NHFA is a non-profit with a mission to “educate and empower families and communities to care for their own dead.” A great resource for home funerals.
From the NHFA
“…the only magazine on conscious, holistic approaches to end of life…Our vision is to provide education that can lead to a cultural shift in which death is embraced as a natural part of life.”
“A painless way to organize help. With the help calendar, you can post requests for support-things like meals for the family, rides to medical appointments, or just stopping by to visit. Members of your community can quickly find ways to help, and Lotsa will send reminders automatically so nothing falls through the cracks.”
“The goal of the Funeral Consumer Alliance is to ensure consumers are fully prepared and protected when planning a funeral for themselves or their loved ones. We do this by offering objective facts about funeral planning so families can plan a meaningful goodbye that fits their needs and their budget.”
“It’s ok to not be ok. If your life has exploded into a million little bits, you don’t need platitudes. You don’t need cheerleading. You don’t need to be told this all happened for a reason. Some things cannot be fixed. They can only be carried.”
For children who have experienced a death. “Judi’s House is the only free-standing organization in the Metro Denver area devoted solely to providing research-based care to grieving children and their families.”
Local grief support groups. Check out their calendar of events. “HeartLight Center provides affordable grief education and support for the Denver metropolitan community.”
“Grief and Love is a closed Facebook group for survivors. For those of us who have faced the death of a loved one, and are trying to find a path forward. This is a space to support one another. To offer ideas and encouragement, to connect with helpful resources, or others who are going through the same thing you are, and finally, to share stories of the ones we’ve lost.”
“The Conversation Project is a public engagement initiative with a goal that is both simple and transformative: to have every person’s wishes for end-of-life care expressed and respected. Too many people die in a manner they would not choose, and too many of their loved ones are left feeling guilty and uncertain…our free Starter Kit is a useful tool to help you have the conversation with a family member, friend, or loved one about your – or their- wishes regarding end-of-life care.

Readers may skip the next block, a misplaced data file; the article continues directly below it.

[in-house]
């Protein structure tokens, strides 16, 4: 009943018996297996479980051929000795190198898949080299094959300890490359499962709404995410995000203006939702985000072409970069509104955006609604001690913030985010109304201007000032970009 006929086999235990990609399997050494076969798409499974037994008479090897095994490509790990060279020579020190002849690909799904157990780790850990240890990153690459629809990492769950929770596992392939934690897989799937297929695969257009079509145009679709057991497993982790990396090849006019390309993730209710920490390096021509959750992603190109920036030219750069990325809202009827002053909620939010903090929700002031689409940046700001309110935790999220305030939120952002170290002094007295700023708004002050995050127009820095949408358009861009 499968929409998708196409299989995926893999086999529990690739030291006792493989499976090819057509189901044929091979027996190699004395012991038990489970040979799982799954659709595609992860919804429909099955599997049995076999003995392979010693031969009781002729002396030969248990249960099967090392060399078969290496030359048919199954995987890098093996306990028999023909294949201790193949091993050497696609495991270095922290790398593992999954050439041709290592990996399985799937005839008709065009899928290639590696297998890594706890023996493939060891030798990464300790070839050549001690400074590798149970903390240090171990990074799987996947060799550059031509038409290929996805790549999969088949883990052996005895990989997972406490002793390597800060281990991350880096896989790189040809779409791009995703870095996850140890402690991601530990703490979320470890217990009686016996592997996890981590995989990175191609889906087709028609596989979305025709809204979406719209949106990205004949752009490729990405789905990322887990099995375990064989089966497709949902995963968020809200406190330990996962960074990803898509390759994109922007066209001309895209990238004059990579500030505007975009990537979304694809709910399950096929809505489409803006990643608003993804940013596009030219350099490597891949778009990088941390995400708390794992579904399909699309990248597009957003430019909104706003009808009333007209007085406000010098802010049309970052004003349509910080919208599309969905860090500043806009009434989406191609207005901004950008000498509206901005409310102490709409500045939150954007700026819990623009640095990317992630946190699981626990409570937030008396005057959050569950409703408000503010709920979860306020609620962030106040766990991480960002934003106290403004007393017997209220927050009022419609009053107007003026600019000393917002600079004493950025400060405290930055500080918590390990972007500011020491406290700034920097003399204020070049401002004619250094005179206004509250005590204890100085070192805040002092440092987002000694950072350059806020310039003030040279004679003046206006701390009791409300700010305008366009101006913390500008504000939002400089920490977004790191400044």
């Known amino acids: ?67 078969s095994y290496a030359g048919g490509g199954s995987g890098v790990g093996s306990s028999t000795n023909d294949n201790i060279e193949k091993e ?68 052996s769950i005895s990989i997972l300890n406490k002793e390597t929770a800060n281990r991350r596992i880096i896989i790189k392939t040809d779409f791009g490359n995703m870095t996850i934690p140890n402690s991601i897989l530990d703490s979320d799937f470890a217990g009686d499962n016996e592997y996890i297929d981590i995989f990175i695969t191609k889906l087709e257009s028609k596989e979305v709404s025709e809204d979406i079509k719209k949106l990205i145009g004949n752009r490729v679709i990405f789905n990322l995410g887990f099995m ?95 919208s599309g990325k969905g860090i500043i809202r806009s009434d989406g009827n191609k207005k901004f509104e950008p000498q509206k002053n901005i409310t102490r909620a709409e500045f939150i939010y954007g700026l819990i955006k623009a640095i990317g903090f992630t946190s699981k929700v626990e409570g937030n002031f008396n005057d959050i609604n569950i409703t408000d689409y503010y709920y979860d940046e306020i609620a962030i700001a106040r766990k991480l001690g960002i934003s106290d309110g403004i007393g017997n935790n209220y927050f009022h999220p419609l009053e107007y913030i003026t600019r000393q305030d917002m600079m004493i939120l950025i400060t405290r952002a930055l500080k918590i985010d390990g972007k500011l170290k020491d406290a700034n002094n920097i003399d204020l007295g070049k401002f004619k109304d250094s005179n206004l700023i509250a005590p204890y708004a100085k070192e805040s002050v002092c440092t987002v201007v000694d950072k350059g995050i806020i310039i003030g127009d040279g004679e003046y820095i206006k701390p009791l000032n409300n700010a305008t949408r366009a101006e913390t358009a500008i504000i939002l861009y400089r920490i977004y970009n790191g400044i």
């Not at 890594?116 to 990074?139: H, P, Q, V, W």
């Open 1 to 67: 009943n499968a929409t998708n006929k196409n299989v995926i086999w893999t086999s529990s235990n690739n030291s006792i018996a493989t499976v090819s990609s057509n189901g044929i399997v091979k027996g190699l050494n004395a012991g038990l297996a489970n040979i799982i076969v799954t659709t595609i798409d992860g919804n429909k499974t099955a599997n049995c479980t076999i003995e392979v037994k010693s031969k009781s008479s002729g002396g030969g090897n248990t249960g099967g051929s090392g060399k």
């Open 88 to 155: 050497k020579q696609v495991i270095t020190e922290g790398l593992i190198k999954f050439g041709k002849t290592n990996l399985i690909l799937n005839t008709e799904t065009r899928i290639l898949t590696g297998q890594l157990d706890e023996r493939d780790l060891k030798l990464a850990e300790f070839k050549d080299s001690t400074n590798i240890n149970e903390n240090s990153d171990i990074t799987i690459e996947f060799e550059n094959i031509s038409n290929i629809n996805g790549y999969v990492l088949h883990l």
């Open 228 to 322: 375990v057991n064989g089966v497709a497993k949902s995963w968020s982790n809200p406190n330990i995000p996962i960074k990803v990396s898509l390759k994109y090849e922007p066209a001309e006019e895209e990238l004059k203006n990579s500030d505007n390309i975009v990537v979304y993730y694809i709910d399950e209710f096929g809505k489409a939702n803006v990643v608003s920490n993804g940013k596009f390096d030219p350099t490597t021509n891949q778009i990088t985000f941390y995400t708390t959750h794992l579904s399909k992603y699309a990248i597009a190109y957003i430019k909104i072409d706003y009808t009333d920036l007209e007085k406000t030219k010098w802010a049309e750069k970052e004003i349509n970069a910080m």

(Medical Order Scope of Treatment)
Organ and tissue donation registry and FAQ
Free website and app where you can make your medical wishes known. “Emergencies can happen at any time, leaving you too injured or ill to communicate decisions about your medical treatment. MyDirectvies helps you create your own emergency, critical care, and advance care plan for your family and doctors so they can make decisions on your behalf.”
DEATH POSITIVE MOVEMENT
“The Order is about making death a part of your life. Staring down your death fears—whether it be your own death, the death of those you love, the pain of dying, the afterlife (or lack thereof), grief, corpses, bodily decomposition, or all of the above. Accepting that death itself is natural, but the death anxiety of modern culture is not.”
“At a Death Cafe people, often strangers, gather to eat cake, drink tea and discuss death. A Death Cafe is a group directed discussion of death with no agenda, objectives or themes. It is a discussion group rather than a grief support or counselling session.”
“We invite you to gather friends and family and fill a table. Click Get Started to plan a test dinner. We call it a test dinner because trying out this process in no way commits you to follow through with an actual dinner.”